I've often thought of offering the words to the picture book (my art's atrocious) to be published, but never gotten around to it. Maybe I should try.

Tell your brain to stop worrying about what other people think, anyway! That’s what the genius scientist Richard Feynman thought, too. He actually wrote a book called What Do You Care What Other People Think?

Hope this helps someone.

Monday, August 2, 2010

The Forbidden Game Ring Winners

The Forbidden Game Ring winners were randomly picked today after the cut-off date of August 1. I will post their names and comments after they have answered the emails informing them of their prizes. Thanks to all who entered the contest!

The Twin Fox Ring and Book Winners

The Twin Fox Ring and Book winners have been sent their prizes. If you received an email from me that said you were a winner and requested your address, you should get your prize soon. If two weeks pass (three for those in Canada, and four for those out of the USA) and you do not get your prize, please email me at info@ljanesmith.net with "LOST BOOK?" in the Subject field of your email. Then I'll check the list of winners and send you a new book. The ring was won by Victoria M. of Virginia, USA, who says "My brother thought that I was going to faint" when she received the Grand Prize Winner's email. Thanks to all who entered this contest!

How to Get Your Book Published

I get so many emails asking me how to get a book published that I’ve decided to blog it, once and for all.

First of all, is your book really finished? Or is it a rough draft or missing any chapters or reading through and editing? The first thing is to have a finished book. For new writers, that's imperative.

Second, you should be able to find books at any bookstore or on Amazon, such as the Writer's Market or Writer's Guide, that list agents who send books to publishers. Or do it the easy way and google "agents for authors."

Never EVER take an agent that asks you to pay them for sending your book to a publisher. These people are running scams. A real agent will ask to see some part of your book, such as the first ten pages or the first chapter. They will probably also want you to give them a short synopsis or query that describes the entire book in one page or five pages. Find out what the specific agent you pick requires. Then do your best to describe your book in exciting terms, to interest the agent in representing you.

Different agents have different specialties. Make absolutely sure you're not wasting your time sending your book to an agent that only works with adult books, if your book is YA, or an agent who specializes in romance books, if your book is urban fantasy.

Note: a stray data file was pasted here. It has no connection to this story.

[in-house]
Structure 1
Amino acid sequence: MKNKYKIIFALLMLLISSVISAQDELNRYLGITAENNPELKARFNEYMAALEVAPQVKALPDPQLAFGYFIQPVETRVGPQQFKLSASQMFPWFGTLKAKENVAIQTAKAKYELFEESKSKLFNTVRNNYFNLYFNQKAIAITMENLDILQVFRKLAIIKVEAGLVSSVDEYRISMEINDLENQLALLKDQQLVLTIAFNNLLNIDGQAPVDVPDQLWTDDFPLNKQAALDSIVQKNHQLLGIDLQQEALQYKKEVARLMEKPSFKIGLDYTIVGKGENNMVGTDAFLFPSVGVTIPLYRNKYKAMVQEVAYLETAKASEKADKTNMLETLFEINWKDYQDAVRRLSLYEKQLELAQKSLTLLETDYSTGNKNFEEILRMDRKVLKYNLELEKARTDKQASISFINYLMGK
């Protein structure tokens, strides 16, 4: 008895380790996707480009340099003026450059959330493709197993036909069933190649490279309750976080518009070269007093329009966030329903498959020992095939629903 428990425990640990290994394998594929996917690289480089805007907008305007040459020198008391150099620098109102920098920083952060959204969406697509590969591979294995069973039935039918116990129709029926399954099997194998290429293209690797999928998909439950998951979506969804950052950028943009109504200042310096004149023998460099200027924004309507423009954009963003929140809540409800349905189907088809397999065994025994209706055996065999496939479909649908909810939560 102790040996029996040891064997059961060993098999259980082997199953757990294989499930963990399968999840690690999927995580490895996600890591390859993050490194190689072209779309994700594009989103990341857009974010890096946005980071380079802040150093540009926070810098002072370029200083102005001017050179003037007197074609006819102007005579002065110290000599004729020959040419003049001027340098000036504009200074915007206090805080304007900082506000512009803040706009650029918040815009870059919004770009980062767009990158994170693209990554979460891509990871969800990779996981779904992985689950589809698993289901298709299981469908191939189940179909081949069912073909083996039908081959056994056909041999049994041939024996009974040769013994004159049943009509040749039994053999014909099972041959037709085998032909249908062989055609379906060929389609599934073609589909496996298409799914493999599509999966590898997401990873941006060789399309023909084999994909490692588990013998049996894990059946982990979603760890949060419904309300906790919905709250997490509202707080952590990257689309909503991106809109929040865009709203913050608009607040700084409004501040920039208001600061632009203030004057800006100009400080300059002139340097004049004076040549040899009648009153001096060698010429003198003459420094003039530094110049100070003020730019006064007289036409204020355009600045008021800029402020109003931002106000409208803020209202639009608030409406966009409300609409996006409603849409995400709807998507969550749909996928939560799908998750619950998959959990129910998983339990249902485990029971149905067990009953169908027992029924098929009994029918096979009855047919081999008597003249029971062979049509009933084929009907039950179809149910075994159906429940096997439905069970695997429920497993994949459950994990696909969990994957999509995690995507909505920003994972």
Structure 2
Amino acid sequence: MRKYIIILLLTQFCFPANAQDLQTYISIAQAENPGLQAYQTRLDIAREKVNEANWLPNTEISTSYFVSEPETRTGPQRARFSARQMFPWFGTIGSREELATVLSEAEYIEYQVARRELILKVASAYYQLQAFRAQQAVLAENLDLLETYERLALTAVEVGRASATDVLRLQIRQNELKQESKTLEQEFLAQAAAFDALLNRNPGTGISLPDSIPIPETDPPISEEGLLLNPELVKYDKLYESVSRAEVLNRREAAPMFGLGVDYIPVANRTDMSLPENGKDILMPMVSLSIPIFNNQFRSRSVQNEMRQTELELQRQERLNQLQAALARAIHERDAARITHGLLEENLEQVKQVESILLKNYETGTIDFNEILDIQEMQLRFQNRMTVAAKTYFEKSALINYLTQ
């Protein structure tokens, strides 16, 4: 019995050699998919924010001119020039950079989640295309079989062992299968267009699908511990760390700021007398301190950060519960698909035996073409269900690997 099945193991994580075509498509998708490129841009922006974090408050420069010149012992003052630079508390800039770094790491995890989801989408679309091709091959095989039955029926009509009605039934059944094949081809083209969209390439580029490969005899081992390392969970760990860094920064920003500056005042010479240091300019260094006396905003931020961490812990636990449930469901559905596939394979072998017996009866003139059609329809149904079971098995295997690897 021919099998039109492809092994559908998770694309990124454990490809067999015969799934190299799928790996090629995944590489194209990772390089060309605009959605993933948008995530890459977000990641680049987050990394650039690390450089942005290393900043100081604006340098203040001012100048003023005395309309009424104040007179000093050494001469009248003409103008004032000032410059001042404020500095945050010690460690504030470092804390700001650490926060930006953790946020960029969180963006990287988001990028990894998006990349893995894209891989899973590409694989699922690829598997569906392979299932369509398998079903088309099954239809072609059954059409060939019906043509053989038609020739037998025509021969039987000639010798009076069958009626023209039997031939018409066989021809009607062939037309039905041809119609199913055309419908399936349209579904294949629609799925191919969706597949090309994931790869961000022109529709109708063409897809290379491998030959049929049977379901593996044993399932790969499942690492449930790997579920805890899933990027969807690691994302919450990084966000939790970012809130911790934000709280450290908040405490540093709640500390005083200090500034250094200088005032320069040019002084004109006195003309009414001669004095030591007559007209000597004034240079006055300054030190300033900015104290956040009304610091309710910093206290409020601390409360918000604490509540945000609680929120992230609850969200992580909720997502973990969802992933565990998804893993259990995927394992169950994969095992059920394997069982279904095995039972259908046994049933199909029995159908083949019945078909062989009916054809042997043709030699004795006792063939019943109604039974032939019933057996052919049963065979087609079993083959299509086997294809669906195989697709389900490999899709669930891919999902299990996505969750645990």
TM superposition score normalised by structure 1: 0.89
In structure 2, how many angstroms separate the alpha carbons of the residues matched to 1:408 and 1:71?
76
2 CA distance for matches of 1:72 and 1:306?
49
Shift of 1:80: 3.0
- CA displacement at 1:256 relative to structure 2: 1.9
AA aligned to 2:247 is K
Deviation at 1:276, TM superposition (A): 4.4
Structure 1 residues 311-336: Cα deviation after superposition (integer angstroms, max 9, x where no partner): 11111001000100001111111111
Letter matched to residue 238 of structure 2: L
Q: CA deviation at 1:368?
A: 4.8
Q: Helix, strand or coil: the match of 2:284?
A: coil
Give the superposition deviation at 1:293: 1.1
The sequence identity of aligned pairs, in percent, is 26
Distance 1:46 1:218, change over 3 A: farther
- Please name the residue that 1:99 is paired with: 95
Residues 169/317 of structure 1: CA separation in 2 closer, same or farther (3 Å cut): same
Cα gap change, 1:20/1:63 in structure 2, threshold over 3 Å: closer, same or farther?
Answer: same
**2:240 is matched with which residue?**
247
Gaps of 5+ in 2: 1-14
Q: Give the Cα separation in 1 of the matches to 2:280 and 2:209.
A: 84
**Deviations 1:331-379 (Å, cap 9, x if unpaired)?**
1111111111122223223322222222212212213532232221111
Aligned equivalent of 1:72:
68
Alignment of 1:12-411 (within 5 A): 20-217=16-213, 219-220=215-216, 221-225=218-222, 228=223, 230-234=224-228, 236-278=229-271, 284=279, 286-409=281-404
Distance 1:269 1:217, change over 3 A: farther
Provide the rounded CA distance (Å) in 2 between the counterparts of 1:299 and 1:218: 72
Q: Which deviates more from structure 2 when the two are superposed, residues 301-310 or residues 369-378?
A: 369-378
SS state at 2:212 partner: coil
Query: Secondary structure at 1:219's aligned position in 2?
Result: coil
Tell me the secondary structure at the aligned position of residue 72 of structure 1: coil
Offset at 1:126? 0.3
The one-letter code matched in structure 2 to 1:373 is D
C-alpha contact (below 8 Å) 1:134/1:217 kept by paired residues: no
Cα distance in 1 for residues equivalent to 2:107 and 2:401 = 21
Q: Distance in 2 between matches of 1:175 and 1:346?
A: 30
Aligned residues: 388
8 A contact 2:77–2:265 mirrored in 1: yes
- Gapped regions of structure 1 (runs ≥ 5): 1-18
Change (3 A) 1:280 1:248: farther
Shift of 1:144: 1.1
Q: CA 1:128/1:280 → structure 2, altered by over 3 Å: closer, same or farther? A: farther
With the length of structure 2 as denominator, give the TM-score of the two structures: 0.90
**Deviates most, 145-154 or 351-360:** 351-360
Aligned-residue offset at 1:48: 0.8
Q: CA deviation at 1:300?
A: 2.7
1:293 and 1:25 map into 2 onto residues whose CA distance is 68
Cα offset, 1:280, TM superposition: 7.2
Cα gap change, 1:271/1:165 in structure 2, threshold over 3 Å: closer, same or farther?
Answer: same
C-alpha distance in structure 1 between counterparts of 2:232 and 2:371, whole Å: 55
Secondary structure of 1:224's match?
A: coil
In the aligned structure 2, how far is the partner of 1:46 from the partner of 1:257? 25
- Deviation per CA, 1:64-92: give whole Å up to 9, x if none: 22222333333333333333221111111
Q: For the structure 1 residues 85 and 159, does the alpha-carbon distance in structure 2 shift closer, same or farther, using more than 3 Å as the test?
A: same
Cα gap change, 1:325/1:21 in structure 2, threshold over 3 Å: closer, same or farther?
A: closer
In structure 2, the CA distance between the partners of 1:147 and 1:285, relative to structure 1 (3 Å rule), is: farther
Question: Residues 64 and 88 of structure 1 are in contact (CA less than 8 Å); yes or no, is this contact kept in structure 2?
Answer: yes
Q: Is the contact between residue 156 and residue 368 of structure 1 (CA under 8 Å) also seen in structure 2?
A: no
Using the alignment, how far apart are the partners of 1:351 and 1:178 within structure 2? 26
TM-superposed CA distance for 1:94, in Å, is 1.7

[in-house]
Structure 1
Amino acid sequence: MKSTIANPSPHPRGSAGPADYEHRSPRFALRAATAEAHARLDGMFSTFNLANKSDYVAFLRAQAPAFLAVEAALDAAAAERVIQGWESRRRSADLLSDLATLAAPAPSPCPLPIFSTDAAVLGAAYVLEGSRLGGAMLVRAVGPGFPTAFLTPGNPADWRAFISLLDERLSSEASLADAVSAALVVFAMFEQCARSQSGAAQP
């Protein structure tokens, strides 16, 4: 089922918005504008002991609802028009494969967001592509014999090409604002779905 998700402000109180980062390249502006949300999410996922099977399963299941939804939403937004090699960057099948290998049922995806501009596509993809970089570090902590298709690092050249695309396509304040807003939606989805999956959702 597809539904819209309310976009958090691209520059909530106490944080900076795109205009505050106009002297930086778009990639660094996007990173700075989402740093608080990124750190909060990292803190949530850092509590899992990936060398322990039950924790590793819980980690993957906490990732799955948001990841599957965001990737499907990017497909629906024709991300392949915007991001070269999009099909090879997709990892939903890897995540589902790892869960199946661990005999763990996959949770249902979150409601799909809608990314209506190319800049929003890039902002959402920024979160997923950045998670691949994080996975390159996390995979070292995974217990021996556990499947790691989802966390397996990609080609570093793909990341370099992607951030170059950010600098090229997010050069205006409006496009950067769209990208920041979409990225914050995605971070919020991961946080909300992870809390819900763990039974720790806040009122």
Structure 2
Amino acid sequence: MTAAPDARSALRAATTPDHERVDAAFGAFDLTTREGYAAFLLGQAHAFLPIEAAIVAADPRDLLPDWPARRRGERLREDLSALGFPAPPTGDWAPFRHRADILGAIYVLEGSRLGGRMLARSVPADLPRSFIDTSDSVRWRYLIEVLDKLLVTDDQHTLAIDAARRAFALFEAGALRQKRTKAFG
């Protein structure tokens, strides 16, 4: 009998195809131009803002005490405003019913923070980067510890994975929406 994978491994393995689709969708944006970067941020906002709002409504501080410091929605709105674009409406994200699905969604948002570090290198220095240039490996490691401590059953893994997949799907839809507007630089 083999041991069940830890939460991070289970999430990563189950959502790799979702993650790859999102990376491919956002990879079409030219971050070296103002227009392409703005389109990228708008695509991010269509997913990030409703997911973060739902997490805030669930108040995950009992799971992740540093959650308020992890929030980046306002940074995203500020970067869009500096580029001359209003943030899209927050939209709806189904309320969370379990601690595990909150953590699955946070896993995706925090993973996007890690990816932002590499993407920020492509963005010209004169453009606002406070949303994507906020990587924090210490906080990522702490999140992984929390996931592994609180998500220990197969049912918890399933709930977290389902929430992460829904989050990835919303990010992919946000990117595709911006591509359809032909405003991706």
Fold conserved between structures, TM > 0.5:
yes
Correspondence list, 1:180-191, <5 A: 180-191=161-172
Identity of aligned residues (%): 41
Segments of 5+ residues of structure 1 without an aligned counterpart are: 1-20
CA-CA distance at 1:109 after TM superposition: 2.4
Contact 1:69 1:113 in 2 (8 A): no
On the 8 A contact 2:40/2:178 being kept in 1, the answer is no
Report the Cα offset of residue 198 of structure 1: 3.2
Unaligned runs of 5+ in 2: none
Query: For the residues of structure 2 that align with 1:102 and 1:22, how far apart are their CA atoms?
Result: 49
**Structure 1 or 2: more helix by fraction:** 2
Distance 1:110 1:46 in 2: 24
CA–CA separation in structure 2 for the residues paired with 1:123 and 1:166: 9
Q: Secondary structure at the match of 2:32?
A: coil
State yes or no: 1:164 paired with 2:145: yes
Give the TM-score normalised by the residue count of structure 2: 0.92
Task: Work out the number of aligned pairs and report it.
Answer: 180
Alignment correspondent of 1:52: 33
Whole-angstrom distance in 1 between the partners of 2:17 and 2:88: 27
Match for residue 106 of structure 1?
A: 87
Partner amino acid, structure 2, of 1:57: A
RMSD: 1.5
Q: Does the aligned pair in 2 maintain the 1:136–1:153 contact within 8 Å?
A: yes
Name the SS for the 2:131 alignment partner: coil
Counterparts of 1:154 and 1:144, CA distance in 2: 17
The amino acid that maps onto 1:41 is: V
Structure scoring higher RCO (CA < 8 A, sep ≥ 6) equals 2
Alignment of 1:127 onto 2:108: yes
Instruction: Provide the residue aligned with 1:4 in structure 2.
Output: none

Reputable agents will have websites that tell their specialities, and what they're looking for. Make sure that you send exactly what they ask for, and nothing more or less.

Third, cross your fingers. If an agent takes you on, you don't have to do any more work (unless the agent asks you to). The agent will send your book to different publishers and try to get them to buy it.

If an agent refuses you, but gives you criticism, that's good! Think about their remarks, change your manuscript if you feel that their criticism has merit. (It probably does. I know it hurts to be told your book needs to be changed, but agents know what publishers want--and you want your book published.

Fourth, if you have tried 10 agents who specialize in your book's type, and they have refused you, you can try the slush pile. This doesn't sound very good, but it just means the place where publishers put books that have been sent to them from the authors who don't have agents. Some books get do published from the slush pile! After I had written The Vampire Diaries: The Awakening for Harper, and before it was published, I got a very excited phone call from a young assistant at Harper. Somehow she had gotten hold of the manuscript for The Awakening and she thought that it had come from the slush pile. She wanted to publish it. I had to explain that it was already coming out. We both ended up laughing.

Fifth, there is also the self-publishing or "vanity publishing" method. Google these terms, since I don't know anything about the process. I believe that you can sell self-published books on Amazon, but it's best to check that information with Amazon.

Hope this helps any new writers!